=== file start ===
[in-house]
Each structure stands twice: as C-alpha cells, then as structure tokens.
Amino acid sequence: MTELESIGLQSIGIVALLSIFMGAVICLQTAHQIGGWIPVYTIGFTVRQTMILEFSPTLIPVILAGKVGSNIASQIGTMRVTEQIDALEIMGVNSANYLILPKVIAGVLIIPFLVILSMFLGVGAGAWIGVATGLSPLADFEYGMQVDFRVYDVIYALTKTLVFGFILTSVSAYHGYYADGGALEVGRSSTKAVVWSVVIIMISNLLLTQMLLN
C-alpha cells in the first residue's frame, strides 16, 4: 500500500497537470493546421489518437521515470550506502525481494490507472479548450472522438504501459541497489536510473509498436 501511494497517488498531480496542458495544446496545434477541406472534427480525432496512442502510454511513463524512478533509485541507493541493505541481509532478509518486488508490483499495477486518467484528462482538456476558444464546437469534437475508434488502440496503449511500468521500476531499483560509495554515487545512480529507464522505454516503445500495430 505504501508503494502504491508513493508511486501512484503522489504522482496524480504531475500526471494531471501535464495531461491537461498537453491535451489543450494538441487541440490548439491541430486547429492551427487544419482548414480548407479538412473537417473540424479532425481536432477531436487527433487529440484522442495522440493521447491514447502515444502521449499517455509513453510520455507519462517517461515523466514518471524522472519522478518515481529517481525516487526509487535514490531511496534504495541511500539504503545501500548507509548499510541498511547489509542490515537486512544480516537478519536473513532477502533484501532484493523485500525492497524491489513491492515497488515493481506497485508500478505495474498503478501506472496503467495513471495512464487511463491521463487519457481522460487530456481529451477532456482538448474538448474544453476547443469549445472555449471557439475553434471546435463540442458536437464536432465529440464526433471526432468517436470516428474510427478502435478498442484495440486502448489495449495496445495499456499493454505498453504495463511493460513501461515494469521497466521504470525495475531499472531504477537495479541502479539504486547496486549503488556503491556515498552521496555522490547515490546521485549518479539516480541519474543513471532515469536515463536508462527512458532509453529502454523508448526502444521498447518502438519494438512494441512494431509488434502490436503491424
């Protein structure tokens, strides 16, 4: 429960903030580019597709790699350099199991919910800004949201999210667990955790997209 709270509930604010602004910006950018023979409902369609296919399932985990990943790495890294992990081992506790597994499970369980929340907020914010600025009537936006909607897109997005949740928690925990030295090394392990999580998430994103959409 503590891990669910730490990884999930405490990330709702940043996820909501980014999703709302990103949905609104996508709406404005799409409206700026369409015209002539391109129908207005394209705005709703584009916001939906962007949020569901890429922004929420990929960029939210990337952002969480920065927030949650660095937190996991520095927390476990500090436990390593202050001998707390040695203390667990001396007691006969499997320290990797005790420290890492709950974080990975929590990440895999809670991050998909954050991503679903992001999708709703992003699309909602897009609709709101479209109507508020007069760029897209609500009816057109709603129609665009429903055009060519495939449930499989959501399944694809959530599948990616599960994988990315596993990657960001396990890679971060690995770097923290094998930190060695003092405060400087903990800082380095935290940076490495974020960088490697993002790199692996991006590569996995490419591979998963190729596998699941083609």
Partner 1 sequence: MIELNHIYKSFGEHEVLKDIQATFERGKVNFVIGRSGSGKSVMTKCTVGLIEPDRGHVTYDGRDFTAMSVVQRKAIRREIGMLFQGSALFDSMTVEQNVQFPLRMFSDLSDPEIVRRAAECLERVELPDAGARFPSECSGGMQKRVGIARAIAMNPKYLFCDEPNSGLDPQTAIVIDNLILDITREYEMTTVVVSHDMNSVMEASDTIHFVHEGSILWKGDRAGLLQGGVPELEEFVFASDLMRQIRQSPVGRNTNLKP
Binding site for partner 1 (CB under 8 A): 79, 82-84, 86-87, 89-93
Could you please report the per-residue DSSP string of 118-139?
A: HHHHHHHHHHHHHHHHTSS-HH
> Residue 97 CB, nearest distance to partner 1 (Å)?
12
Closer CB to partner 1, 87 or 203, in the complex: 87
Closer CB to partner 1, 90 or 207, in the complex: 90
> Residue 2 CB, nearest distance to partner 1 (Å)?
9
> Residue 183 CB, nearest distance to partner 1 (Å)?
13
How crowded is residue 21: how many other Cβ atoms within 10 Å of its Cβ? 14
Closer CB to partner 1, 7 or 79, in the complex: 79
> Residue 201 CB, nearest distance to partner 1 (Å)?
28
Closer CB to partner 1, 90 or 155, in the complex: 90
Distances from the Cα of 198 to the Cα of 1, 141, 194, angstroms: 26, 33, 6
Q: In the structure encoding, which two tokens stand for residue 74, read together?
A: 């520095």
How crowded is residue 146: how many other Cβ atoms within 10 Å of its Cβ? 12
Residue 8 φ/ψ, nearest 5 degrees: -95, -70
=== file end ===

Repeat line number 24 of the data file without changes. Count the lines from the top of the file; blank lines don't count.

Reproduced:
Q: In the structure encoding, which two tokens stand for residue 74, read together?